Last year saw the state of Colorado decriminalize certain psychedelic drugs for medical treatment of things like PTSD and depression, which includes psilocybin mushrooms, also known as "psychedelic" or "magic" mushrooms.

However, a different type of mushroom is currently being used to help Colorado's forests rather than residents of the state.

Colorado is Using Mushrooms to Prevent Wildfires

A few different groups including Boulder Mushroom, Boulder Watershed Collective, and Grama Grass and Livestock have been actively pursuing a project which they believe will help prevent forest fires in Colorado by introducing fungi to the areas.

The type of fungus being introduced is called mycelia which, according to Wikipedia, is "a root-like structure of a fungus consisting of a mass of branching, thread-like hyphae."

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Interestingly, mycelia are said to be trainable and actually have a level of intelligence, and are beneficial to terrestrial and aquatic ecosystems in that they release carbon dioxide, and retain moisture.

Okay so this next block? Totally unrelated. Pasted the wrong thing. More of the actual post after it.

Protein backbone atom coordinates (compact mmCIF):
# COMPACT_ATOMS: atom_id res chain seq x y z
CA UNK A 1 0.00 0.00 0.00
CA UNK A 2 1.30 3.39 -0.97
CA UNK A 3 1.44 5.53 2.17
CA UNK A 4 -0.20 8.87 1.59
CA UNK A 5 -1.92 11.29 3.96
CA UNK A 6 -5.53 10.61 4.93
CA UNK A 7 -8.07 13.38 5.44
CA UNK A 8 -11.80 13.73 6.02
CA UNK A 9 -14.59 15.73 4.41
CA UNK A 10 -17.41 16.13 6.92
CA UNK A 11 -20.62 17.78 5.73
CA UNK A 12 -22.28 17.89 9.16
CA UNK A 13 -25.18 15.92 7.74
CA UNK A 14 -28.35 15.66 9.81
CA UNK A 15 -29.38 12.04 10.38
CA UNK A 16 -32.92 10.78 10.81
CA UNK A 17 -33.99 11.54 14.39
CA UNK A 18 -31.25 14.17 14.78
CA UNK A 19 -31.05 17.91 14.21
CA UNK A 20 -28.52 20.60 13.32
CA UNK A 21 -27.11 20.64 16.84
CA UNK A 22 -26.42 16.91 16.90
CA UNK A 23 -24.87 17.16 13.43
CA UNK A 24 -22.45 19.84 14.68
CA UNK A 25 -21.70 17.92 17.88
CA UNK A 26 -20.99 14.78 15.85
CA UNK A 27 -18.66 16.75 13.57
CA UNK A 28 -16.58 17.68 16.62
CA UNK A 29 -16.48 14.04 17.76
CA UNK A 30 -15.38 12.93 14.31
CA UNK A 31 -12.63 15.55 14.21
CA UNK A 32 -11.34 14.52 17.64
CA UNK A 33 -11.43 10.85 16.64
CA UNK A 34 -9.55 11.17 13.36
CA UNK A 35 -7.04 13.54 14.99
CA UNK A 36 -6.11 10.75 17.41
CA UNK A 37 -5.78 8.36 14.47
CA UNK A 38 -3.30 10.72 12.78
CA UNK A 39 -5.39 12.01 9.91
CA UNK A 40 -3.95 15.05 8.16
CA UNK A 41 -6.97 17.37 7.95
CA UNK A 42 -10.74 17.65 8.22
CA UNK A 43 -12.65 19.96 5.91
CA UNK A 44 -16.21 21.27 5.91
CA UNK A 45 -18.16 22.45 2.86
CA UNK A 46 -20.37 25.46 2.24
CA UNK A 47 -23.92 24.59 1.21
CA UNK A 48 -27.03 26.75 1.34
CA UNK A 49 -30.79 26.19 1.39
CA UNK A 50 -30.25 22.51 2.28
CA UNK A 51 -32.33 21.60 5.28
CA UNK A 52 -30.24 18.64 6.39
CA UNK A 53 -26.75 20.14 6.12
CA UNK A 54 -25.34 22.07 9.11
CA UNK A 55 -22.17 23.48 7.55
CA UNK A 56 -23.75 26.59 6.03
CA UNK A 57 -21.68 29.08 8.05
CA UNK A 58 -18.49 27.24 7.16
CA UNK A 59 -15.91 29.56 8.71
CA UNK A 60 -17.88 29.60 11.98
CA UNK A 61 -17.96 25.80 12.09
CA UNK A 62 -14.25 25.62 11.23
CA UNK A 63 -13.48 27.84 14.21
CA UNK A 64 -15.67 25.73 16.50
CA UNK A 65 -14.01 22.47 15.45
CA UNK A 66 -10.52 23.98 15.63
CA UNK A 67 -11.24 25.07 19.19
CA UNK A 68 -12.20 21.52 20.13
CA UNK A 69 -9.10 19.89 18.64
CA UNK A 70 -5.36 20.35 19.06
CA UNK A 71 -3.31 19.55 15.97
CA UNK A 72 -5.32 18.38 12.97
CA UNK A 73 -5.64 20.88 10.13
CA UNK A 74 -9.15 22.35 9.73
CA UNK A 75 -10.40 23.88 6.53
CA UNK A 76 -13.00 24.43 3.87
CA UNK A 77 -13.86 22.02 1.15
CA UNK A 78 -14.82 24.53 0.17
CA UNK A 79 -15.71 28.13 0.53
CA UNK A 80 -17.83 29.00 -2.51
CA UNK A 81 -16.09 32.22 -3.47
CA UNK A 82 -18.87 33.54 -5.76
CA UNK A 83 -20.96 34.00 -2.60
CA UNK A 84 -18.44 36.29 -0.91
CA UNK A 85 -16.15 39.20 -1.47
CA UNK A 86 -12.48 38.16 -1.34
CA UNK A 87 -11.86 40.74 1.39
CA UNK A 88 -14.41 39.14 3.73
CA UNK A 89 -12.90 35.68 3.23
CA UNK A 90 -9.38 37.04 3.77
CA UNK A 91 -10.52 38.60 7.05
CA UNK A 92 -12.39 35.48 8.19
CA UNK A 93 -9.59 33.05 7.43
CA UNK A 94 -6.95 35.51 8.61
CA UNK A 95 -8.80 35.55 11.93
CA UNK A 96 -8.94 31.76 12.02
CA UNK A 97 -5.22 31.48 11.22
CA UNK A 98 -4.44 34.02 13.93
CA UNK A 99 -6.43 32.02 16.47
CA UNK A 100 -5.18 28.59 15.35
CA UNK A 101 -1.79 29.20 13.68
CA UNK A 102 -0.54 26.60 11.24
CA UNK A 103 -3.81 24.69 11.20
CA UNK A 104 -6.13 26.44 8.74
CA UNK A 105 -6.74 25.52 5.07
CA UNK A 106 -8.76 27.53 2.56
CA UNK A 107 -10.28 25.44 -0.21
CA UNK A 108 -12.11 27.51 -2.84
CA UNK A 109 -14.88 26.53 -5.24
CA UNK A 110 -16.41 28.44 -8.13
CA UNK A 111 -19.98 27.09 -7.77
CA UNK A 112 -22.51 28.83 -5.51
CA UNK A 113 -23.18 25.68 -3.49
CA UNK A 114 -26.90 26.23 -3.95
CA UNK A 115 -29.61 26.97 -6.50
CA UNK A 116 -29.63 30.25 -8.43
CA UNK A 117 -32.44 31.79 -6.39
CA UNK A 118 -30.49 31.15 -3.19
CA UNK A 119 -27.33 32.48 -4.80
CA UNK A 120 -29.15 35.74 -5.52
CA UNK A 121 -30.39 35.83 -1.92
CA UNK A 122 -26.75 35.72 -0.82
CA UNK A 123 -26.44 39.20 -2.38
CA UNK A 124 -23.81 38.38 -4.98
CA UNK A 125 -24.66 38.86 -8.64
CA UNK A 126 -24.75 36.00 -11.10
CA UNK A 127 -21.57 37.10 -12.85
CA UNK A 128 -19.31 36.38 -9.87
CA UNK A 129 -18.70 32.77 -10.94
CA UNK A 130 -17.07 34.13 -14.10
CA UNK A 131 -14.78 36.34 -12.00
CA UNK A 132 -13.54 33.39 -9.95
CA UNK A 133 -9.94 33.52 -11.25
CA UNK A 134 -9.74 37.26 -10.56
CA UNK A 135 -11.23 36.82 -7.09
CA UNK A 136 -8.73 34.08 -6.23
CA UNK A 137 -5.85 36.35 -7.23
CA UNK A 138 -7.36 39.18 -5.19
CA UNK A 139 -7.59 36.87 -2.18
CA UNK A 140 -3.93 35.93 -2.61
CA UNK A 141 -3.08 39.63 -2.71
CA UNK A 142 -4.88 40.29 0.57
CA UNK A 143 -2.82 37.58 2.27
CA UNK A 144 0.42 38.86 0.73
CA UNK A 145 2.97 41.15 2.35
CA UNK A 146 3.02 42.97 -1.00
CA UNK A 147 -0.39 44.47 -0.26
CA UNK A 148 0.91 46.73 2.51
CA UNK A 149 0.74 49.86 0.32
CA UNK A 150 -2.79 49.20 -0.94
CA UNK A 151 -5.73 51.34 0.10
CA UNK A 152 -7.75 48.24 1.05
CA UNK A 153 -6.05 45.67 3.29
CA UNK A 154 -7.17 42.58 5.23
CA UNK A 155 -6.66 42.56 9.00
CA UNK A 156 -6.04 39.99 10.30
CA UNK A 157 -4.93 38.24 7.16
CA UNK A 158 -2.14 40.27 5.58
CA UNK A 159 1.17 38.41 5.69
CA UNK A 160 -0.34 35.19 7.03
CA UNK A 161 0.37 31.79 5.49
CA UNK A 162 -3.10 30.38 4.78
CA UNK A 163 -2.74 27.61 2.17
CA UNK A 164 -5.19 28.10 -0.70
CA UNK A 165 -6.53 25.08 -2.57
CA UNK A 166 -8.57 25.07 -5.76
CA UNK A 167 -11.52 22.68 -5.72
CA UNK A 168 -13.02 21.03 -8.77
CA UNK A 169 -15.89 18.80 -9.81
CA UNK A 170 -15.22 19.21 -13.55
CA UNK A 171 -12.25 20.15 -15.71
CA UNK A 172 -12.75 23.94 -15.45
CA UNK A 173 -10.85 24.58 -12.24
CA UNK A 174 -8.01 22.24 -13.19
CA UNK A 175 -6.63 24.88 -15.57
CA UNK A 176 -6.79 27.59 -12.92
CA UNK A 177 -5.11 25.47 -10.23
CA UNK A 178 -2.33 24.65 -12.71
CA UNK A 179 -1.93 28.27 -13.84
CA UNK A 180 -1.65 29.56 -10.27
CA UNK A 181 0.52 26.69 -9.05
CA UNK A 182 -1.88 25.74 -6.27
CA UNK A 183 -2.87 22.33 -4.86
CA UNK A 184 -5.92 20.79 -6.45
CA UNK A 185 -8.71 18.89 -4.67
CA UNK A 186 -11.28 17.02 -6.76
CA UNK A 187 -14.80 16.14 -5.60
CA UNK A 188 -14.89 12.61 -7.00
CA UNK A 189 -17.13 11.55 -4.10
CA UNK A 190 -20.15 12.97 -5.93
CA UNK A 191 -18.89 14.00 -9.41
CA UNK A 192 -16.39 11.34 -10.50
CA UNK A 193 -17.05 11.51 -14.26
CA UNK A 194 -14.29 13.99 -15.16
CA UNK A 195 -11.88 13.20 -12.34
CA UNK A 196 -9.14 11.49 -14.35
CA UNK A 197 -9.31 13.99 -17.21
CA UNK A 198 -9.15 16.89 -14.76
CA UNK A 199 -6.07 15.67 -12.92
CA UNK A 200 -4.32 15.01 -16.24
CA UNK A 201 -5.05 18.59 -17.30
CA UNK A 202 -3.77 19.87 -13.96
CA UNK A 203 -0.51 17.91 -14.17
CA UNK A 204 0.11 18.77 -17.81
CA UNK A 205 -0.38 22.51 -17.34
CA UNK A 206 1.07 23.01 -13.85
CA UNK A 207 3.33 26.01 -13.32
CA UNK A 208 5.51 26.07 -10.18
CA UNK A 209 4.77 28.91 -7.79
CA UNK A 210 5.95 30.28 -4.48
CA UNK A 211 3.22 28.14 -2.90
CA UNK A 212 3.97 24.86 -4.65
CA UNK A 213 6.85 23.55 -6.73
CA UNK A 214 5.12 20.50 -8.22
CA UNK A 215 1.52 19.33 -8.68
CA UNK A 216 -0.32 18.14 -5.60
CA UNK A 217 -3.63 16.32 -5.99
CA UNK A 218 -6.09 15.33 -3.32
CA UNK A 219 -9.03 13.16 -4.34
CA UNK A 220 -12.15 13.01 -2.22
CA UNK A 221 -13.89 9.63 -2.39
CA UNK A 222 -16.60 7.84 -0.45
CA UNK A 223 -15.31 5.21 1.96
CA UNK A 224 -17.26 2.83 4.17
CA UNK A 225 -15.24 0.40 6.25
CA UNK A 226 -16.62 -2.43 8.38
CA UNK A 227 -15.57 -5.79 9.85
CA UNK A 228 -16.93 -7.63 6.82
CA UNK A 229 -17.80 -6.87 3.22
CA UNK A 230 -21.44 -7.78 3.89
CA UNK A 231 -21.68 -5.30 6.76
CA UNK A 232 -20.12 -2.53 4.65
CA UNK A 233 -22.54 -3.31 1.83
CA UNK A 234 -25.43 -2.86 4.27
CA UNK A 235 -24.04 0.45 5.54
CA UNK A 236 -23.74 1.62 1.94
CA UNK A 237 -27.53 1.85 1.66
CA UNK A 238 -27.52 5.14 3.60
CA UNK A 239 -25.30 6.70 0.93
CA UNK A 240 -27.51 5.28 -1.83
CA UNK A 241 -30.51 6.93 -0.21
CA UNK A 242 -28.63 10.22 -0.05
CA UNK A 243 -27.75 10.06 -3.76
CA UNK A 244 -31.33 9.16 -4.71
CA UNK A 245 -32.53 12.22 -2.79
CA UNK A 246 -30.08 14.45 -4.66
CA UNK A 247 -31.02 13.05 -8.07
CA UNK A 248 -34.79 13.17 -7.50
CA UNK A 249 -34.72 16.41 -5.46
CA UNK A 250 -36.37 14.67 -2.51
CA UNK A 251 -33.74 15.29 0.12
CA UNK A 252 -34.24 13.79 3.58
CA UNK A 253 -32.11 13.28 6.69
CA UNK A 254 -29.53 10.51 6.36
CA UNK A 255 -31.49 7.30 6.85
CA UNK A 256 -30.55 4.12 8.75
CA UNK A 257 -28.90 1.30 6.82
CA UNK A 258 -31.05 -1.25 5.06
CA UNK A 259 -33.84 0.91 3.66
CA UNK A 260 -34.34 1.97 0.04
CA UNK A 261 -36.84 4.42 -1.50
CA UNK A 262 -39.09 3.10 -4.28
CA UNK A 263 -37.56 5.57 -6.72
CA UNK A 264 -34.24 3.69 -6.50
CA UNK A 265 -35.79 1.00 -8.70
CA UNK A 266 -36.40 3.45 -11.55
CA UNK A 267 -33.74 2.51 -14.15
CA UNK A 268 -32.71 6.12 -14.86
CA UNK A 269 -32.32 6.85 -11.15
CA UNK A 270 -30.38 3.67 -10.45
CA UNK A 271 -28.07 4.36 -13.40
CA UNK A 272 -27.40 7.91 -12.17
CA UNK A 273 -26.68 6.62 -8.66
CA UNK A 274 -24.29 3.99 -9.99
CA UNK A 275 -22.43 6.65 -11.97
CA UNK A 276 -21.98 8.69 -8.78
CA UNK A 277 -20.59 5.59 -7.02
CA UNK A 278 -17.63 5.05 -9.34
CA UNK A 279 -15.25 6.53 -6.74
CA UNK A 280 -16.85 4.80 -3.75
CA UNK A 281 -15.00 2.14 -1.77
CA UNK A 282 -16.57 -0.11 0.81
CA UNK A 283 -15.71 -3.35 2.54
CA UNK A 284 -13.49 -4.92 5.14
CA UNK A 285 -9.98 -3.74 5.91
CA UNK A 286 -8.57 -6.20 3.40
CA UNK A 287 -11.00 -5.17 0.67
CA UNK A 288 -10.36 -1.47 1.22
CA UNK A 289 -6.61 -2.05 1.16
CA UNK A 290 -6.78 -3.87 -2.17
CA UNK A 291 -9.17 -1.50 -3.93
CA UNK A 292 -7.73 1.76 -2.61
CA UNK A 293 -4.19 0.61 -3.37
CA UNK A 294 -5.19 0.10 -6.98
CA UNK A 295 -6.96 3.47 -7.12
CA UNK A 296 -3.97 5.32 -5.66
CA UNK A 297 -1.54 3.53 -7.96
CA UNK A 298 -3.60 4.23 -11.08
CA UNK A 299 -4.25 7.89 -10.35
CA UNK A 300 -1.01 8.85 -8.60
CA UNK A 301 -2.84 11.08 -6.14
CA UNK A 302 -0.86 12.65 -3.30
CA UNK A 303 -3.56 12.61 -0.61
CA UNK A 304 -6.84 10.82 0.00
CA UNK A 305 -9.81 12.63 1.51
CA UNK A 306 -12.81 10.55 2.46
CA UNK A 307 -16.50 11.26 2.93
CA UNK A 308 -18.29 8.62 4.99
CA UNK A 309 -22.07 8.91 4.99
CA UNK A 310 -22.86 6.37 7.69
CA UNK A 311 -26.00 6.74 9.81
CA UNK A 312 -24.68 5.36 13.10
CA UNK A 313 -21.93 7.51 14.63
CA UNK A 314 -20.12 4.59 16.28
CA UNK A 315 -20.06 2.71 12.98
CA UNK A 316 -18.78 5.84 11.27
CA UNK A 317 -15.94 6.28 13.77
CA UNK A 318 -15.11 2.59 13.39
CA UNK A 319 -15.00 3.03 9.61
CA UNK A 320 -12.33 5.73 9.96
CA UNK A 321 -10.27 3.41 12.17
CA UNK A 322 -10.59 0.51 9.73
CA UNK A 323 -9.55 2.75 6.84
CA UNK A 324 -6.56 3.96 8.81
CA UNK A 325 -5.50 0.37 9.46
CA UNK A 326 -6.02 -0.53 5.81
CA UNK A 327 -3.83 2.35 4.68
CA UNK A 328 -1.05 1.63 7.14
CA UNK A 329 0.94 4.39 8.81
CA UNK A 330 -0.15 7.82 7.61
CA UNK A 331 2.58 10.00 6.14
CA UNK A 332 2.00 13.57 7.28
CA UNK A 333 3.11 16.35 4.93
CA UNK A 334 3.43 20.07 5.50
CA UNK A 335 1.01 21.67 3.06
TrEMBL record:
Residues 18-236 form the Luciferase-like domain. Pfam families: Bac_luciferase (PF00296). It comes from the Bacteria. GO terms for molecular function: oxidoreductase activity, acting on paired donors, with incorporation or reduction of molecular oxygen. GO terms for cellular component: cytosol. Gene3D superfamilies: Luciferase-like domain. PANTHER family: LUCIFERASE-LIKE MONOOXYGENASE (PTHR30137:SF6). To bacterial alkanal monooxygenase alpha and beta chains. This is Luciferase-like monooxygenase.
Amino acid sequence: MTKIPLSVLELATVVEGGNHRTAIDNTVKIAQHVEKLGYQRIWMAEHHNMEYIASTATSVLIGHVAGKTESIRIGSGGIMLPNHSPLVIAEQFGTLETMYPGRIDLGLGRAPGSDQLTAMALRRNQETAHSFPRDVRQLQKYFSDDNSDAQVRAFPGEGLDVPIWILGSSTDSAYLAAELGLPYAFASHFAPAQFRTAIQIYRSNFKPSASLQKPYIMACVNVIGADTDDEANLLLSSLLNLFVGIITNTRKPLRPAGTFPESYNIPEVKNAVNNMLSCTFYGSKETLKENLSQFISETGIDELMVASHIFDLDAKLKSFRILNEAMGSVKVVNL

The fungi are currently being placed in wood chips in order to aid in moisture retention, as well as being sprayed on forest floors in a mixture with water to induce decay and effectively mimic the properties of a rainforest.

The aforementioned groups received a grant for their research of $100,000 from Boulder County taxpayers and are actively working to line as much acreage of nearby forest land and burn sites.

Spearheading the projects is the founder of Boulder Mushroom, Zach Hedstrom, who truly believes that these mycelia are incredibly beneficial to our state's environment and the prevention of future wildfires.

[Durango Herald]

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